Next to my desk in the imposing FT Alphaville headquarters in Oslo*, I have the above cartoon pinned to the wall to remind me to try and keep things in perspective.
I don’t remember where I first discovered it, but it stuck with me. Financial journalists tend to get carried away from time to time, and I’m no exception (OK, I’m probably worse than most). But it is a vast phenomenon.
The severity of the global financial crisis left deep emotional and intellectual scars in all who lived through it. Since then, many people have been desperate to identify the next big economic fault line, the next CDO, the next financial cataclysm that will befall us. Some permabears have managed to turn their apocalyptic visions into lucrative careers.
But it’s not just the usual mix of doom-mongers. Everyone seems convinced that we live in particularly turbulent times. Bank of America’s monthly survey of investors’ greatest extreme risk offers an excellent list of the various things that have scared us off over the past decade.
What’s remarkable about this is how many things have practically happened.
The euro zone held on, but barely, and the economic and financial costs of the crisis were heavy. China’s housing bubble burst, Trump won a US election and violently contested another, a short flight imploded, and more. And yet none of them ended up being a true era-defining 2008-style disaster, despite the warnings they might.
Many people will simply point the finger at central banks and their hyper-aggressive stimulus measures as to why none of them have really derailed the global economy (or only temporarily in the case of Covid ).
It’s true that low rates have helped ease a lot of tension, although that always seemed like a lame excuse to me, like saying someone would have died of cancer if they hadn’t had chemotherapy. . Sure, maybe, but that’s exactly why we use these tools. I find it hard to see how rates were “artificially low” any more than they were “artificially high” in the 1980s.
But I think there’s a better and actually more enlightening explanation: Crises like 2008 are thankfully rare, and we should stop judging every financial storm by its magnitude. Normal recessions happen. The markets can vomit without being the end of the world. Things break, but rarely permanently.
Dan Loeb’s latest letter to investors was therefore interesting. While acknowledging a “gloomy outlook”, he pointed out that markets tend to bottom when economic data looks “awful”, and said he was increasing his risk taking. Not because a recession will be averted, but simply because it is unlikely to be the economic carnage some imagine today.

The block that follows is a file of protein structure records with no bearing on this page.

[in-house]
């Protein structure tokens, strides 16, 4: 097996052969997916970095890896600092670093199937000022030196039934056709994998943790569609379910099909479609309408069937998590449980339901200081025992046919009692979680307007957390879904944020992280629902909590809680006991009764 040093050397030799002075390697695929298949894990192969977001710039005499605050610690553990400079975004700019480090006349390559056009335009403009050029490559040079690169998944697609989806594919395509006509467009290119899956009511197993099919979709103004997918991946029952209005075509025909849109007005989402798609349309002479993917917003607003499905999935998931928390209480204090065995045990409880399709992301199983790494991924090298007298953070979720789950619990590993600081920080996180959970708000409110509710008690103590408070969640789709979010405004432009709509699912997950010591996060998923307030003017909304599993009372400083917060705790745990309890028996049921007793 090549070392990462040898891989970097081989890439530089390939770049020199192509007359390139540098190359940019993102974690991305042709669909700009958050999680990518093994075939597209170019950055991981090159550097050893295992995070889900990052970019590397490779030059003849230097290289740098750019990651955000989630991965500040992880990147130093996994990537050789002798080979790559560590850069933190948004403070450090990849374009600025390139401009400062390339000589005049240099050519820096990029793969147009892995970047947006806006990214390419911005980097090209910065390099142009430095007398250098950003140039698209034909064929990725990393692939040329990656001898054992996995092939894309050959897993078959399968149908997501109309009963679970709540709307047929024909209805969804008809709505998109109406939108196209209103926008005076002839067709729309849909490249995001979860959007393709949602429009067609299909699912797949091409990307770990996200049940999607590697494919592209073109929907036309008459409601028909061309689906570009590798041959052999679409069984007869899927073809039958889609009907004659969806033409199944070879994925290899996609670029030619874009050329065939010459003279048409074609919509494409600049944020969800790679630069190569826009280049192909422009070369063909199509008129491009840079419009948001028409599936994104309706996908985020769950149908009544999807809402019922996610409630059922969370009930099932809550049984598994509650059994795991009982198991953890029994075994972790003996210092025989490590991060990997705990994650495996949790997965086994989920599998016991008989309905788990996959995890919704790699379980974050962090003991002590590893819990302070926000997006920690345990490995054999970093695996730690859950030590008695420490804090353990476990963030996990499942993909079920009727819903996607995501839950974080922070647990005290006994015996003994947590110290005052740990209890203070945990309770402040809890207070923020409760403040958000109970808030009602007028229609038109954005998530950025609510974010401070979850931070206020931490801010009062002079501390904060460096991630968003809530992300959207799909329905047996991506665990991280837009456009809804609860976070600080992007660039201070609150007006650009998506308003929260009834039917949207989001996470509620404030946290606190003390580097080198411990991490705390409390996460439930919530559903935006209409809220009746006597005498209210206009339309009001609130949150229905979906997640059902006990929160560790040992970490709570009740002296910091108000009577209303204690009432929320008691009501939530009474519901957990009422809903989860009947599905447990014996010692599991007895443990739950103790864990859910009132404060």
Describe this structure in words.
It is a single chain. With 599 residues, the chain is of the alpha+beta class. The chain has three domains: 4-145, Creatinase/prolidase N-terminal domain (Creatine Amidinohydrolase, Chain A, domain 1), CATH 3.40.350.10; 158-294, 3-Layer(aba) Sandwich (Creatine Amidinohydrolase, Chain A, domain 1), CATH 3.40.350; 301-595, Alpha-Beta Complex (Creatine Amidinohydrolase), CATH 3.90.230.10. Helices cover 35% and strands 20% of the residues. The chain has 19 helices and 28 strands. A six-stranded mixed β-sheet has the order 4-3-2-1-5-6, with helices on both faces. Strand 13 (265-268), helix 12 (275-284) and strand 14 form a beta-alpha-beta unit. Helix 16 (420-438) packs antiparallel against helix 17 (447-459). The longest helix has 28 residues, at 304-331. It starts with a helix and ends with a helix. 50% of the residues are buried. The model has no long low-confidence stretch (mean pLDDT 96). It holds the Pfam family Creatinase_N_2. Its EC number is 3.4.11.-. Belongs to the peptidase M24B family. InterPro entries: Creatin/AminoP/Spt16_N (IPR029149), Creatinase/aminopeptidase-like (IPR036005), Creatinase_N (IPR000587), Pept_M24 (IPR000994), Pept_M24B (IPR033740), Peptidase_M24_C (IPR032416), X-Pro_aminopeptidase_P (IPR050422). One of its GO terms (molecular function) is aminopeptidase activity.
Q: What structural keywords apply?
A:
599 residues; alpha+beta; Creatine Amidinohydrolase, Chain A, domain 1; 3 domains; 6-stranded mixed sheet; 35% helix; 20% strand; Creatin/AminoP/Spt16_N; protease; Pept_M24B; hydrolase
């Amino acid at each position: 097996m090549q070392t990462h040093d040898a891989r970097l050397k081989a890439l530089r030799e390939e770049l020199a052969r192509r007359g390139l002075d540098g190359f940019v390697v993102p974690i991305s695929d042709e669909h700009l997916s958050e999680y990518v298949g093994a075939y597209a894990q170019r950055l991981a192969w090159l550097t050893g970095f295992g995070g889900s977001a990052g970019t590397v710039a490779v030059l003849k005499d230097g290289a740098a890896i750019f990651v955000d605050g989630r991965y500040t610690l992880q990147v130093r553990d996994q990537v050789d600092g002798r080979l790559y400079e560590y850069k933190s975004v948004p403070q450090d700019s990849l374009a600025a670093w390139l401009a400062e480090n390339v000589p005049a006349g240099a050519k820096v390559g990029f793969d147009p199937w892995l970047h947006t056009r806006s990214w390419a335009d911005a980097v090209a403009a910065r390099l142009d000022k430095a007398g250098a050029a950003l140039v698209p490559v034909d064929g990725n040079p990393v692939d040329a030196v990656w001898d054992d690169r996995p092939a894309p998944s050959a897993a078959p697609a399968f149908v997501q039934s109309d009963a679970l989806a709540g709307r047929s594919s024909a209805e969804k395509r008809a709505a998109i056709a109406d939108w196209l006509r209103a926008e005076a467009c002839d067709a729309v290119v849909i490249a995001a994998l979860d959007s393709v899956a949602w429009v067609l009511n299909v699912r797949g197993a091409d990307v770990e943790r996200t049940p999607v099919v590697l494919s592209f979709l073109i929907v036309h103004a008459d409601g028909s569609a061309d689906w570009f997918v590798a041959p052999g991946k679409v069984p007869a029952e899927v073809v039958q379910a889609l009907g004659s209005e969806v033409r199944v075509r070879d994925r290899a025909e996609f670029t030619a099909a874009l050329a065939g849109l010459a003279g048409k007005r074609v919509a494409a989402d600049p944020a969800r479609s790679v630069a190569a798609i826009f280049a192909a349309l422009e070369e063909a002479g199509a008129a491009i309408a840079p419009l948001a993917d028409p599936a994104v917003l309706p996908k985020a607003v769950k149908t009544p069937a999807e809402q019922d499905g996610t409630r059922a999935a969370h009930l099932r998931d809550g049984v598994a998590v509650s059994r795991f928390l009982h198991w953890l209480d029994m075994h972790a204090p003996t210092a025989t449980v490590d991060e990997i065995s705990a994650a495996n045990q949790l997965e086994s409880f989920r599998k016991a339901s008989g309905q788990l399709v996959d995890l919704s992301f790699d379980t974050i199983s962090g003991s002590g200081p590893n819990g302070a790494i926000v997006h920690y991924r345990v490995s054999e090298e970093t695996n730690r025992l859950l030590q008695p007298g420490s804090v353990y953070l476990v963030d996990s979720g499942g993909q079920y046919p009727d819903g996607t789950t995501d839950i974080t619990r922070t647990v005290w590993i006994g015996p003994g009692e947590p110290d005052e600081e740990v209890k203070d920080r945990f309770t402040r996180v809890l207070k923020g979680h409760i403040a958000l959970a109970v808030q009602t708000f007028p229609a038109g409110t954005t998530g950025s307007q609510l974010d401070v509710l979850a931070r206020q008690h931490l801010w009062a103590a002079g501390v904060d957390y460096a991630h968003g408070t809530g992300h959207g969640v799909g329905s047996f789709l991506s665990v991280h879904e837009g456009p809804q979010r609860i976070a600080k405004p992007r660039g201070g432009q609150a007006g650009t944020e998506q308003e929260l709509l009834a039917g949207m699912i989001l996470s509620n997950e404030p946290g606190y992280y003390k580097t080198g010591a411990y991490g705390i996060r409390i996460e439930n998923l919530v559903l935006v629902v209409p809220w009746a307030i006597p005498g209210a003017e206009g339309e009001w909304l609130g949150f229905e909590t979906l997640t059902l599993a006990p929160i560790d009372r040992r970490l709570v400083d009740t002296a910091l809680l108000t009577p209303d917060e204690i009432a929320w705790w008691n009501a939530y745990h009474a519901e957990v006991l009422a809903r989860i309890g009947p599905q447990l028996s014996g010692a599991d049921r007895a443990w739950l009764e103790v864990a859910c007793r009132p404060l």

I know about this catastrophic trap because I fell into it too, stating in a March 10, 2009 letter to investors that we should “prepare for the impact” just before the markets (and our portfolio, since I changed my mind). my opinion a few days later based on new data and had increased its exposures to banks/autos) reversed dramatically. The key question for me at this point is whether rate capitulation and Fed policy-induced inflation is the key or whether a dip in the real economy (based on unemployment, incomes, industrial spending and general measures of GDP) is actually what matters most.
For now, while remaining respectful of the many well-flagged risks, we seek to deploy capital both in world-class companies that are trading at favorable prices and in event situations that will be somewhat insulated from the movements of the market.
Markets have been looking a bit more perky lately thanks to the growing belief that central banks are about to slow their rate hikes – and in some cases suspend them. I’m not going to list everything that could turn things around because one could just as well list everything that would make things even worse. And for a financial journalist, part of the job is to be a bit garish and tend towards pessimism rather than optimism.
The Michael Ramirez cartoon, for example, apparently appeared in the April 7, 2008 edition of Investor’s Business Daily. Ironically, financial journalists were right to be a bit panicked at the time! The US recession had only recently begun, and by the end of the year it would become one of the deepest and most widespread global economic setbacks in history.
Maybe by hyperventilating everything that could possibly go wrong, maybe financial journalists can, in a very small way, prevent them from doing so? I may just be a blinkered financial reporter trying to weave a desperate narrative around the value of my own profession, but I think there are legitimate reasons for a bit of fearmongering (in moderation).
Yet I think the broader and more important lesson is that most of the time things are going well. Not always wonderfully, and there are always people who end up losing (tragically, though, it often seems like the same groups of people are losing).
Right now we are probably witnessing an economic downturn. But given the financial health of households, there is no reason for it not to be lenient. Inflation will subside, central banks will reverse course, and a new economic expansion and bull market will begin. Things will probably be. . . good?
* Basically a broom closet in my basement